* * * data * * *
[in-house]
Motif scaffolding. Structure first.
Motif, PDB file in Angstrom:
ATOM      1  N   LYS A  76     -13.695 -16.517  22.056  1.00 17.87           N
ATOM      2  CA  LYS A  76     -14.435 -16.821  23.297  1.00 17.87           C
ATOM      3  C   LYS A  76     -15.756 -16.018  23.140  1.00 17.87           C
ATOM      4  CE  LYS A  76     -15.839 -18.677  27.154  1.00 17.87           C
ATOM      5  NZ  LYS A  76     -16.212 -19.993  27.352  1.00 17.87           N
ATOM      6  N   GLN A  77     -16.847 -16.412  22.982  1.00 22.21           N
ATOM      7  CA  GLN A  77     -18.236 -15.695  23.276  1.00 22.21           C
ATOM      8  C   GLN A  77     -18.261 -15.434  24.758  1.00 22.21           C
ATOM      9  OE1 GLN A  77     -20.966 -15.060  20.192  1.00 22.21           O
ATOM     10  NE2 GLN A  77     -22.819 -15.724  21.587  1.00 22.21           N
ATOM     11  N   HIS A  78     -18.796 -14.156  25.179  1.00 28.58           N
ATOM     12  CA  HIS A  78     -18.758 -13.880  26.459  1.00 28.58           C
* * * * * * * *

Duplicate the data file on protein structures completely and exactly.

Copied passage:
[in-house]
Motif scaffolding. Structure first.
Motif, PDB file in Angstrom:
ATOM      1  N   LYS A  76     -13.695 -16.517  22.056  1.00 17.87           N
ATOM      2  CA  LYS A  76     -14.435 -16.821  23.297  1.00 17.87           C
ATOM      3  C   LYS A  76     -15.756 -16.018  23.140  1.00 17.87           C
ATOM      4  CE  LYS A  76     -15.839 -18.677  27.154  1.00 17.87           C
ATOM      5  NZ  LYS A  76     -16.212 -19.993  27.352  1.00 17.87           N
ATOM      6  N   GLN A  77     -16.847 -16.412  22.982  1.00 22.21           N
ATOM      7  CA  GLN A  77     -18.236 -15.695  23.276  1.00 22.21           C
ATOM      8  C   GLN A  77     -18.261 -15.434  24.758  1.00 22.21           C
ATOM      9  OE1 GLN A  77     -20.966 -15.060  20.192  1.00 22.21           O
ATOM     10  NE2 GLN A  77     -22.819 -15.724  21.587  1.00 22.21           N
ATOM     11  N   HIS A  78     -18.796 -14.156  25.179  1.00 28.58           N
ATOM     12  CA  HIS A  78     -18.758 -13.880  26.459  1.00 28.58           C